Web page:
“I’m the one that’s got to die when it’s time for me to die – so let me live my life the way I want to.” – Jimi Hendrix
How you can start using the death ground strategy today
It’s time for you to decide how you’re going to live your life. Will you live it knowing that you gave it your all and that you truly lived every day as if it was your last? Will you play the long game? If you’re ready, use these steps to get started.
1. Think from the end – Imagine your eulogy (scary I know). What would people say about you? What type of impact would you have made on people for them to even show up? Think about what people would say and what they would do, then start to do those things and cultivate those traits.
2. Use your most precious resource efficiently – We have the most valuable gift on our side – time. But it’s running out. We are all given the same 24 hours in a day. What we do with them will determine whether we succeed or fail. Why don’t you use them towards accomplishing goals? Why don’t you use them towards self-improvement and creating a better life?
3. Be somewhat uncompromising – I’ve learned that it’s better to be seen as being a little bit of an asshole instead of not at all. It’s about walking a fine line of “stubbornness” and “flexibility”. Too many people in our PC world are too afraid of offending people or letting someone down. Life is too short to compromise on your goals, dreams, morals, standards, etc. Think of water. It is the very definition of an uncompromising substance.
4. Live in the now – Life is a continuous series of “nows”. Unfortunately, too many of us spend our time living in the past or worrying about the future. One we cannot change. The other we can do nothing about UNLESS we use our present to create the better future. If you have trouble staying “present”, I’d suggest meditation.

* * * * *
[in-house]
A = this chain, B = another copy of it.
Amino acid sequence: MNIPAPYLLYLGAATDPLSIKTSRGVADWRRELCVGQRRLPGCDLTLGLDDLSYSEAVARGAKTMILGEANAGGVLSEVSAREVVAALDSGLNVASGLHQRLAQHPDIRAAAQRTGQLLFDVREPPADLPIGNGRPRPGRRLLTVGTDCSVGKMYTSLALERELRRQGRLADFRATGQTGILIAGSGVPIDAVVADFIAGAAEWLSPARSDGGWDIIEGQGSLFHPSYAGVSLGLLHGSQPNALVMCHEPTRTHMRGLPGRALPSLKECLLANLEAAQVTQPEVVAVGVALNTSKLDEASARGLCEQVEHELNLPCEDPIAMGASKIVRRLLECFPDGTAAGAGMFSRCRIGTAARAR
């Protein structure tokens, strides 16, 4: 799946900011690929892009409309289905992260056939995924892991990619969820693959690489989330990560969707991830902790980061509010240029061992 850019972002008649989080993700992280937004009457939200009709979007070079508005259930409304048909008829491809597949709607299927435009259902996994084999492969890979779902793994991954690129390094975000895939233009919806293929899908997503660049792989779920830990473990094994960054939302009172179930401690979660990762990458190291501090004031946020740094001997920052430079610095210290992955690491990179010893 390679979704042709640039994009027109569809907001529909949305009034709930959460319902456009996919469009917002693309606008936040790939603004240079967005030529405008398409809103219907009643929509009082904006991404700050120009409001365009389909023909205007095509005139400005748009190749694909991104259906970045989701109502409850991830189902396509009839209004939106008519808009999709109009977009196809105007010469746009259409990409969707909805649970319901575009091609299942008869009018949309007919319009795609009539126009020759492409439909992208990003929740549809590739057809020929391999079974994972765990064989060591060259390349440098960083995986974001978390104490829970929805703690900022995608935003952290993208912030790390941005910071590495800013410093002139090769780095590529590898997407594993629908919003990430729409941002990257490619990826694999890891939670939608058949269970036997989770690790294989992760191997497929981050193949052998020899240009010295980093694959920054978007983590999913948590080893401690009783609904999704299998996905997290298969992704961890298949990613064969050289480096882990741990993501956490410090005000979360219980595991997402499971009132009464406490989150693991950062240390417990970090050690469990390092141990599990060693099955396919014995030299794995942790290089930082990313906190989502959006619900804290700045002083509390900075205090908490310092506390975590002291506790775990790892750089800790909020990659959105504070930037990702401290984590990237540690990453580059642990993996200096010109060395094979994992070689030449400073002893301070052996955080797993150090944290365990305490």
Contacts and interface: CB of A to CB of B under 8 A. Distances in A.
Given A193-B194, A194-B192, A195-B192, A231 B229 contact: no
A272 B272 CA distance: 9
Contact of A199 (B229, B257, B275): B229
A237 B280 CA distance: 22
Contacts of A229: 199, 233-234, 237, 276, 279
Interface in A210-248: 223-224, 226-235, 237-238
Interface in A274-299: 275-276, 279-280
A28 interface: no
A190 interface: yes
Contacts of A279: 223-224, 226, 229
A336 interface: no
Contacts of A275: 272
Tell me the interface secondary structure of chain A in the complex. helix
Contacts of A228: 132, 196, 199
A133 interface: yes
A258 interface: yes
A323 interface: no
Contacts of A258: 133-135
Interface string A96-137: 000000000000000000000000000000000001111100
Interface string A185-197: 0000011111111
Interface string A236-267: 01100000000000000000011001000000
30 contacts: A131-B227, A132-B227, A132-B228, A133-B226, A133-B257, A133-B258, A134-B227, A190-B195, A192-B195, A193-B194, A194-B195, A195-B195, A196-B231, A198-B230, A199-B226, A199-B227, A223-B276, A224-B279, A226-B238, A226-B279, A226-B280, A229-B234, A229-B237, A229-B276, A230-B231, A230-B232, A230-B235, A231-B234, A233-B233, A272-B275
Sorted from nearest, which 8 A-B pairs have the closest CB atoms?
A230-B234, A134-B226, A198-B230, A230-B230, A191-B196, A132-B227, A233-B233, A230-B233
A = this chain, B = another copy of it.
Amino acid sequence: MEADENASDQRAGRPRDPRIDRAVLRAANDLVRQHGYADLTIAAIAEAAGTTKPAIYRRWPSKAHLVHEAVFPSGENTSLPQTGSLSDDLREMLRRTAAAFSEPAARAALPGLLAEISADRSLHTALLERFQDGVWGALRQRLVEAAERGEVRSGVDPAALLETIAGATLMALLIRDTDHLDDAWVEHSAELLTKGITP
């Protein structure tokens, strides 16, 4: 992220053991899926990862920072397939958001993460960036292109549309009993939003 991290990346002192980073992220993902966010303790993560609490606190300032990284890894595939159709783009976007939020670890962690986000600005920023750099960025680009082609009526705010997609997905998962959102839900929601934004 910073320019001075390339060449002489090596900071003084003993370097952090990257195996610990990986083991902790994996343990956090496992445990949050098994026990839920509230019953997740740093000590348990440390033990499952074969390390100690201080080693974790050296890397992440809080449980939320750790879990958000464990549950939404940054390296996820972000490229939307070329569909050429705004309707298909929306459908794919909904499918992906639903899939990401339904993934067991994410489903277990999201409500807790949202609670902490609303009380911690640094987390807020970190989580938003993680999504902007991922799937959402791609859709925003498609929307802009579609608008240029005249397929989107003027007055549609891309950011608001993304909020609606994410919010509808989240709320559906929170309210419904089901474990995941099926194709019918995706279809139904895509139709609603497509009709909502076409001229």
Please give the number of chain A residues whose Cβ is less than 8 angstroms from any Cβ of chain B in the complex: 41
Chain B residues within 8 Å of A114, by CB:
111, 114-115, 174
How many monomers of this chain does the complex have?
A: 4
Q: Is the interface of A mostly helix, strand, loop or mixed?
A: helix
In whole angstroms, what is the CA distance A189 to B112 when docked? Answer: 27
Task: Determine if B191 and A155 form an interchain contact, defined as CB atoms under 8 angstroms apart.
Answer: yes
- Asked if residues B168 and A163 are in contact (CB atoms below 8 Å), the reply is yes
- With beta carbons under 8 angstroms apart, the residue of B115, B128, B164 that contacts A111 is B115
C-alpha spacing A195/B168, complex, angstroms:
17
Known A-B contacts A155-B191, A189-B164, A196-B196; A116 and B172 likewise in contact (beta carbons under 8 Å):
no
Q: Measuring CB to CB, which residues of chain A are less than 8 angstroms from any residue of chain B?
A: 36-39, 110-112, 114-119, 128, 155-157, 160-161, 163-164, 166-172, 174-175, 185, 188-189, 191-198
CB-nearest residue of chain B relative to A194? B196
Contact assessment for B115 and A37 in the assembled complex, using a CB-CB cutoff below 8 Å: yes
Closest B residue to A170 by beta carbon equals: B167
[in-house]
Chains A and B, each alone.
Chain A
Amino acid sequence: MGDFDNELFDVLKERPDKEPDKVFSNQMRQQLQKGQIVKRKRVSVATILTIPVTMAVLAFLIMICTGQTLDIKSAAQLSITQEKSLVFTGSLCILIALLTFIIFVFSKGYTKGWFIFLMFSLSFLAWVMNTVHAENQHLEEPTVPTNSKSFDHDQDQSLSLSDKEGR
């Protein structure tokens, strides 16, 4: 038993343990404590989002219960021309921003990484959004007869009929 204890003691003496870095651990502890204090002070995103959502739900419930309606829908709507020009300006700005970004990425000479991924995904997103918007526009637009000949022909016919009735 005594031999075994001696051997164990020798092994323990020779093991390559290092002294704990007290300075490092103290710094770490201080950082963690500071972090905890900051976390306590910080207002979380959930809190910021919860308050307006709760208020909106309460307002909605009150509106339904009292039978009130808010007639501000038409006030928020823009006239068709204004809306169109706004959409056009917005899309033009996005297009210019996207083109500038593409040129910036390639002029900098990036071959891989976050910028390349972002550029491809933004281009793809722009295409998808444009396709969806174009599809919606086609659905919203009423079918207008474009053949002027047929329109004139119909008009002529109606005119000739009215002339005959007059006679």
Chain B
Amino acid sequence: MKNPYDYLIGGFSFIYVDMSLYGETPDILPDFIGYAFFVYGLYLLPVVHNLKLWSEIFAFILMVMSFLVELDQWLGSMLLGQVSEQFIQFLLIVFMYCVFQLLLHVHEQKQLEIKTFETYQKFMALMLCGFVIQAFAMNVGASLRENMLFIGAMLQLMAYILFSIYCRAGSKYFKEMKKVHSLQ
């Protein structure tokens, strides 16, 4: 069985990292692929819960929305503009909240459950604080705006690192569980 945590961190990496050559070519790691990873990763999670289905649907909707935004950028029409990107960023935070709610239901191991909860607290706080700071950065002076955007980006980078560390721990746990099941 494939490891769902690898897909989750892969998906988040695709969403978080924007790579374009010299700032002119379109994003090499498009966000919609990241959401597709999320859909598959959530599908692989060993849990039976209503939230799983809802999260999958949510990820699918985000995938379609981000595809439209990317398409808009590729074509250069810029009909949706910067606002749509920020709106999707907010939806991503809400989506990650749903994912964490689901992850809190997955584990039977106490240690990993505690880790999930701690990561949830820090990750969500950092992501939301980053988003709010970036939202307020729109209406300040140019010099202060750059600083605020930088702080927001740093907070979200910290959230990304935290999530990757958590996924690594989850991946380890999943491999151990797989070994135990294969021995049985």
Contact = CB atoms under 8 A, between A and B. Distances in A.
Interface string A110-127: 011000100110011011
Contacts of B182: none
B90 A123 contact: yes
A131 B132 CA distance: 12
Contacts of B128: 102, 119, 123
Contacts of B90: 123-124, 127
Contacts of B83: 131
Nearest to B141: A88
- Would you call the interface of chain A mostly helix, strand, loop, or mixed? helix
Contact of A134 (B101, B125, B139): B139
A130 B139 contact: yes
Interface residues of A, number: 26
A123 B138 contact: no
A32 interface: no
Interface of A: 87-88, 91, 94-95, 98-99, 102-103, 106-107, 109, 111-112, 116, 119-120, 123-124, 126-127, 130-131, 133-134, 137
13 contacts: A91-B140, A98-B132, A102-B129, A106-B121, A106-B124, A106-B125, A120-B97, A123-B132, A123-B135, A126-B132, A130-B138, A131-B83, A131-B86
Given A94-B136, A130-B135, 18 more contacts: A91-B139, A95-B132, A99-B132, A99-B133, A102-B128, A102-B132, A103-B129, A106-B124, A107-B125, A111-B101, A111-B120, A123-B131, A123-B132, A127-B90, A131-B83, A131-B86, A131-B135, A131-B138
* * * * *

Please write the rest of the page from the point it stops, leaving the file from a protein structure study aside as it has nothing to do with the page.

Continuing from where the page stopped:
5. Get a good ROE – ROE. Return on energy. You need to make sure that you’re not wasting your time and energy on things that don’t contribute to your long term objectives. You need to make sure that you’re using your time very effectively. Spend more time on things that matter and less that don’t.
The death ground strategy is something that can only be experienced. It’s something that I can ramble on about for days, but only until you recognize the “urgency” in your own life will you be able to use it. I speak about this from the heart because I’ve been in a near-death situation to understand that life is a gift and it’s something we need to use to the fullest daily.
Still, everything relating to death ground hasn’t been covered in this article. If you want to learn more about it, I’d suggest you to read the following books:
On the Shortness of Life by Seneca
33 Strategies of War by Robert Greene (especially the chapter on the death ground strategy)
You are your own worst enemy. You waste precious time dreaming of the future instead of engaging in the present…The only way to change is through action and outside pressure…Cut your ties to the past.” – 33 Strategies of War, Robert Greene